Prince Andrew is stripped of military honours and patronages

HM The Queen has stripped Prince Andrew, the Duke of York, of all his honorary military titles and royal patronages. Additionally, he is no longer permitted to use his HRH, according to an announcement from the Palace. The announcement stated that the Duke will defend himself in his current court case as a private citizen. 

I have up to now refrained from commenting on this sordid business, but I think this worth noting. My only response is that this is as welcome as it is overdue. 


Thursday, January 06, 2022

Manhattan's new DA will seek jail sentences only for 'most serious crimes'

Manhattan’s new district attorney began this week to adopt the lenient policies he campaigned on, setting the stage for potential conflict inside and outside his office as he tries to change the way criminal justice is administered in the borough.

The district attorney, Alvin Bragg, told prosecutors in his office in a memo that they should ask judges for jail or prison time only for the most serious offenses — including murder, sexual assault and economic crimes involving vast sums of money — unless the law requires them to do otherwise.

The crimes he instructed prosecutors to avoid seeking jail time for include certain robberies and assaults, as well as gun possession. He also directed that they no longer request prison sentences of more than 20 years absent “exceptional circumstances.”

Mr. Bragg’s goal is to reduce the harm the criminal justice system does to defendants, an aim he seeks to balance with the need to keep the public safe.

Although the new policies had long been expected — Mr. Bragg released a draft version during the campaign — their immediate adoption caused some confusion within his office. About 500 prosecutors must now decipher a complicated legal memo and figure out how to apply it to their active cases. Adding to the confusion is the fact that much of the office is working remotely.

The policies, which prompted an immediate backlash among conservative critics and in some law enforcement circles, may prove difficult to champion politically with New York City continuing to experience a sharp increase in murders and shootings.

In a statement, the Detective’s Endowment Association, which represents 5,000 active police detectives in the city, said the changes would “undermine the ability of the police to make arrests that lead to reduction of crime.”

James McGuire, who worked as a prosecutor in Manhattan and was chief counsel to Gov. George E. Pataki, a three-term Republican, said Mr. Bragg’s policies might bring him into conflict with other elected leaders, including Mayor Eric Adams, who ran, in part, on a law-and-order platform.

“These policies may be a challenge to the mayor and what he’s campaigned on,” Mr. McGuire said.

Asked about the district attorney on Wednesday in an interview with CBS, Mr. Adams said he knew and respected him, calling him “a great prosecutor.”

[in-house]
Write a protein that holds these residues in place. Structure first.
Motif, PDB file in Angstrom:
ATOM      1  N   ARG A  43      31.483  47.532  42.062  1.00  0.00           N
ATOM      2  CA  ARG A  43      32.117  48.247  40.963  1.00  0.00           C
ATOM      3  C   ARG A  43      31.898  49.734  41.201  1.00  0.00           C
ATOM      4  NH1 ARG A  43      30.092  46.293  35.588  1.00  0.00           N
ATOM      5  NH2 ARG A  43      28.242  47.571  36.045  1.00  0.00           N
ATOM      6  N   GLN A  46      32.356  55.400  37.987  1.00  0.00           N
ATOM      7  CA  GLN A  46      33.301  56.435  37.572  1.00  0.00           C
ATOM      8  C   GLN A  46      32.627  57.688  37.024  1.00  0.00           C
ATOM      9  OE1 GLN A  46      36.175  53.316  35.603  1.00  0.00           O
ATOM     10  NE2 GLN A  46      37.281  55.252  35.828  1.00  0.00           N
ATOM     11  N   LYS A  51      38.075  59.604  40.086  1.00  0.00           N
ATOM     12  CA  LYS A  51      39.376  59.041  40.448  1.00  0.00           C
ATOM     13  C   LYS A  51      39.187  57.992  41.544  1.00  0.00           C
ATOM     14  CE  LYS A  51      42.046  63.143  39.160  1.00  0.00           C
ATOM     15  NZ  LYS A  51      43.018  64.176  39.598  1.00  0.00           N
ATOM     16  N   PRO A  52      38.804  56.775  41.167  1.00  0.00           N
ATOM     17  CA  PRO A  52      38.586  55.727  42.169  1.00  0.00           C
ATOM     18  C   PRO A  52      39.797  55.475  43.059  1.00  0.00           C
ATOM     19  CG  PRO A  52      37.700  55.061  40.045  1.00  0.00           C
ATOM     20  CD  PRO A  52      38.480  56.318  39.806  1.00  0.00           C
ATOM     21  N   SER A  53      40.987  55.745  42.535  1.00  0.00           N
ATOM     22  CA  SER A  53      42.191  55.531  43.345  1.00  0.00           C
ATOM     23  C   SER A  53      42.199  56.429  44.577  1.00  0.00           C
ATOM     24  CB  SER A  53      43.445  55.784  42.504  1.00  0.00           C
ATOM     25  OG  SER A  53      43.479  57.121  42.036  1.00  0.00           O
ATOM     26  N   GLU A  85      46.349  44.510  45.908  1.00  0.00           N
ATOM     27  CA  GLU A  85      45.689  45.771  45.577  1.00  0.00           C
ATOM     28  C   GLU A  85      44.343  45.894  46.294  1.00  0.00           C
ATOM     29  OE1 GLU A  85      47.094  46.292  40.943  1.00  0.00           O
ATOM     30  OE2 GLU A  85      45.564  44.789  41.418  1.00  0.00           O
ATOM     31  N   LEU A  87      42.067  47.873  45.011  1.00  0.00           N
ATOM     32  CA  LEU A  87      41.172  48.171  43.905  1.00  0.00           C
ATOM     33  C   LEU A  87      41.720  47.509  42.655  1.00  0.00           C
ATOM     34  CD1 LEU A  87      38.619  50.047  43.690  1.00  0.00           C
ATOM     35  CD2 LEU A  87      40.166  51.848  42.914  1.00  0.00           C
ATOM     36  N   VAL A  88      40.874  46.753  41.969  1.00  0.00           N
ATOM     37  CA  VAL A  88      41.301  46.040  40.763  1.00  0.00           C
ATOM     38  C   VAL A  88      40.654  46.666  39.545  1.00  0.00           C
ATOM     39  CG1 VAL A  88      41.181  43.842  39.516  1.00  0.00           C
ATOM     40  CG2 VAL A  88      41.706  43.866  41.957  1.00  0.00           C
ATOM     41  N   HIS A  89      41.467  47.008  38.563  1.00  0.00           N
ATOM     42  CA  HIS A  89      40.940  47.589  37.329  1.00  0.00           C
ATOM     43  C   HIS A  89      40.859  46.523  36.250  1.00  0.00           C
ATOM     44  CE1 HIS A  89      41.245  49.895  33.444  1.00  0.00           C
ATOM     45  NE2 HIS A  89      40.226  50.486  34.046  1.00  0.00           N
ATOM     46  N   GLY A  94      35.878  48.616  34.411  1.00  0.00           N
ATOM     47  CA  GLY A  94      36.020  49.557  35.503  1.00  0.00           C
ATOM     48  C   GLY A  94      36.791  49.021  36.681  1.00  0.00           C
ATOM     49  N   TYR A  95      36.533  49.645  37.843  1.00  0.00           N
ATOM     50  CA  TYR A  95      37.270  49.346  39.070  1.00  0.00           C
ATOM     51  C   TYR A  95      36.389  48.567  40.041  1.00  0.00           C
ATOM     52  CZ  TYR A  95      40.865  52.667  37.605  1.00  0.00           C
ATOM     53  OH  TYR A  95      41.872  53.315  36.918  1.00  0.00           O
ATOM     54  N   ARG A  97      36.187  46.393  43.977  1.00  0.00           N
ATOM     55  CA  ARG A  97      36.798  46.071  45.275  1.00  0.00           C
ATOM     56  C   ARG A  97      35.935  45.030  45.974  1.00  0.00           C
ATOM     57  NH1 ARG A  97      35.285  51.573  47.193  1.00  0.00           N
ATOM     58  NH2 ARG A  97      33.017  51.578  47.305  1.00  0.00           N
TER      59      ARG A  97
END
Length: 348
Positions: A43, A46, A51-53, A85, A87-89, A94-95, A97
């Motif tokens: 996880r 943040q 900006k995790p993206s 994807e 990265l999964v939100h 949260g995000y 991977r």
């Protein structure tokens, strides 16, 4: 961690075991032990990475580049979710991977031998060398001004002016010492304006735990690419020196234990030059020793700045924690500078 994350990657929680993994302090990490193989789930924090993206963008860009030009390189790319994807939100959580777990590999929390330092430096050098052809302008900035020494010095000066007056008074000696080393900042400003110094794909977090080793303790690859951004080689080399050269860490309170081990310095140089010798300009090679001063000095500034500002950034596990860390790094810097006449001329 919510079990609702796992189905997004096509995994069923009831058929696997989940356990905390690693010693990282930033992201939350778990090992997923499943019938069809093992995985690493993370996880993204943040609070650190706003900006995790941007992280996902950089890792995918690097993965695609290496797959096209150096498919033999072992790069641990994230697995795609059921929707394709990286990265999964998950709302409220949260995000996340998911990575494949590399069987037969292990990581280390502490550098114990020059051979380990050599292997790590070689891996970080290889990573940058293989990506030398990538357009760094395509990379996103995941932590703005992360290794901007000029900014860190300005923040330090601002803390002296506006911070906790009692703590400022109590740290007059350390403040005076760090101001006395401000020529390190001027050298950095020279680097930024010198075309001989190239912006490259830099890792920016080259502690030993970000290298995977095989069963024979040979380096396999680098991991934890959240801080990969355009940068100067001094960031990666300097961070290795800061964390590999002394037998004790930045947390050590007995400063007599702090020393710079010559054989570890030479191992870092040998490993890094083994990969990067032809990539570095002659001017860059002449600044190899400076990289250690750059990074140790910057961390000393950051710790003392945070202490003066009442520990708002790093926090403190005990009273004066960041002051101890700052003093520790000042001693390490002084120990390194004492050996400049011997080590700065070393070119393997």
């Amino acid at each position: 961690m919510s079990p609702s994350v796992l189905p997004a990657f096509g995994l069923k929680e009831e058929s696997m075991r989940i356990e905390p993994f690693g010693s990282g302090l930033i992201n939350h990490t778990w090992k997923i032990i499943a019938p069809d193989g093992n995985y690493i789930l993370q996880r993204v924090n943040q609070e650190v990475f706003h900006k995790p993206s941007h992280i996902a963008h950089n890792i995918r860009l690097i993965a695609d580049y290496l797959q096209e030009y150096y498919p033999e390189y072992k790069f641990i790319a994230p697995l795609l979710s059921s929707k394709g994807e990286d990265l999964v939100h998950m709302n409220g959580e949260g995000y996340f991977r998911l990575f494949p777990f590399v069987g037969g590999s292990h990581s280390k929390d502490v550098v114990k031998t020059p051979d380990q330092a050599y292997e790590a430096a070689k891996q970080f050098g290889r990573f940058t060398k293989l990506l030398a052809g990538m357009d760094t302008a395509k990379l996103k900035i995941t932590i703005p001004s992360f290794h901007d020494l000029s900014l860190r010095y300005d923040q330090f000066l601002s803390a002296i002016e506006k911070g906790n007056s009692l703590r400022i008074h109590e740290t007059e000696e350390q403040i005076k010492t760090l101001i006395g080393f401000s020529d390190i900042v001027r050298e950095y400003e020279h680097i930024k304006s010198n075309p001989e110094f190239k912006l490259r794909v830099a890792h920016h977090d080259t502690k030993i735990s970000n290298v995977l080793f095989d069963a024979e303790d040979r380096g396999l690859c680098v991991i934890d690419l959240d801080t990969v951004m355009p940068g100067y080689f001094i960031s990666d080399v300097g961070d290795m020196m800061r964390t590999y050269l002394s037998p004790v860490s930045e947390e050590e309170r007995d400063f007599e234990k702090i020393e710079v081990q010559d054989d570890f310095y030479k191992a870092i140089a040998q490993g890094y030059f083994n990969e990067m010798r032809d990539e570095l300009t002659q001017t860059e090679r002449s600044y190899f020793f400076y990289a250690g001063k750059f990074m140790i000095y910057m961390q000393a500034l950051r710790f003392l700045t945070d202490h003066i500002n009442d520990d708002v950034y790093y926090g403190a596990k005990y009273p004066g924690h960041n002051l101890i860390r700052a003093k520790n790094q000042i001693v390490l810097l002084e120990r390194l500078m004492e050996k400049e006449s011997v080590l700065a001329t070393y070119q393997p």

Mr. Bragg defended his plan in a Twitter thread on Wednesday.

“These policy changes not only will, in and of themselves, make us safer; they also will free up prosecutorial resources to focus on violent crime and bigger cases that make us safer,” he wrote.

In an interview before he took office, he said he had used the transition period since the election to “stress-test” the policies.

“There will be gaps and gray areas and people who don’t agree,” he said, adding that he was happy to discuss the new guidelines with members of his staff but that he would be less tolerant of “recalcitrance” on the part of prosecutors who are not interested in adhering to the underlying principles.

Mr. Bragg has also said he does not plan to prosecute some misdemeanors, including prostitution and fare evasion, that his predecessor, Cyrus R. Vance Jr., had already stopped charging as crimes.

But he is adding several misdemeanors to the list, including the stand-alone charge for resisting arrest. Those who resist arrest by attacking police officers will still be charged.

Read the rest here.

Saturday, January 01, 2022

Happy New Year

So; happy new year everybody. If the blog looks a little off, or it looked really weird earlier, it's because I had a massive brain fade this morning. While tinkering a bit with the layout in preparation for adding a few links, I accidentally deleted a large chunk of the side bar. If you think you faintly heard someone from the far side of the country screaming words and phrases typically associated with angry and or drunken sailors, it was probably me. I have since discovered that blogspot does NOT cache or save earlier versions of your blog. So, I spent a good deal of my day going through the waybackmachine that, thank G-- does preserve, and manually rebuilding my sidebar one link at a time. 

Here's hoping this is not an omen for how 2022 is going to go.